Environmental concerns arise regarding Region of Waterloo International Airport’s plan to expand runway


City of Waterloo residents said they are concerned over the potential expansion of one of the two runways at the Region of Waterloo International Airport.

In 2017, the Waterloo Regional Council approved a 20-year plan for the growth of the airport with an estimated budget of $375 million. Within the first stage of the plan, runway 14-32 is set to be extended from 1,200 metres to 2,100 metres.

The goal of the project is to make the runway accessible to larger planes and allow an increased variety of air traffic.

 Local wetland and wildlife habitats in the region would suffer directly from the expansion, many of which are home to an assortment of endangered species.

“Wetlands are critical for increasing ecosystem resilience to climate change. Even if the expansion generates new revenue, it will not make up for the biodiversity caused by damaging or destroying the wetland,” said Katana Cameron, an environmental, resources & sustainability student at UW.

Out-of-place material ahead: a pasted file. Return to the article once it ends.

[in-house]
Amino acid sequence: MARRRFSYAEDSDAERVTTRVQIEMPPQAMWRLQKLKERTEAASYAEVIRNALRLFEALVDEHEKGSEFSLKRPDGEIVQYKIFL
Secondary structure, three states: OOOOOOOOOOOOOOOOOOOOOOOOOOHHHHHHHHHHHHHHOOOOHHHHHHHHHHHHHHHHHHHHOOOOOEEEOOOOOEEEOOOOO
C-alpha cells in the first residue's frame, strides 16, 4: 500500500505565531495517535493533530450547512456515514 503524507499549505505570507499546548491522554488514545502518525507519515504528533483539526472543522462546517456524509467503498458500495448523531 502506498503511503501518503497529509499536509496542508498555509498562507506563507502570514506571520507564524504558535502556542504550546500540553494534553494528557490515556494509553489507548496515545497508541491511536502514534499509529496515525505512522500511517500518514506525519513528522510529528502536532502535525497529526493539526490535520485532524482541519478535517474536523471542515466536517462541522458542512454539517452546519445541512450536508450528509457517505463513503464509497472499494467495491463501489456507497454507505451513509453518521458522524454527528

The airport has proposed natural heritage management plans to navigate the impact of the project, but many residents feel as though this will not be enough to prevent irreversible damage.

“I understand the airport is an important asset to the region, but as we continue to urbanize, we are also increasing the stress on rural and natural lands that are putting wildlife at risk,” said anthropology student Elise MacDonald. 

Air travel has been significantly impacted by the ongoing COVID-19 pandemic. Despite this, the airport is eager to move ahead with the expansion in order to prepare for an expected influx of passengers once the pandemic is over.

The extension was partly proposed to accomodate an estimated 20 million surplus travellers by the year 2031 that Toronto Pearson Airport will not have capacity for. A larger runway also means that in poor weather conditions, aircrafts won’t have to detour to Pearson, resulting in an extended commute home for KW residents.

The project is currently being reviewed by the Impact Assessment Agency of Canada. The organization is seeking feedback from the public and will accept applications on the matter until Apr. 18.


Please enter your comment!
Please enter your name here

This site uses Akismet to reduce spam. Learn how your comment data is processed.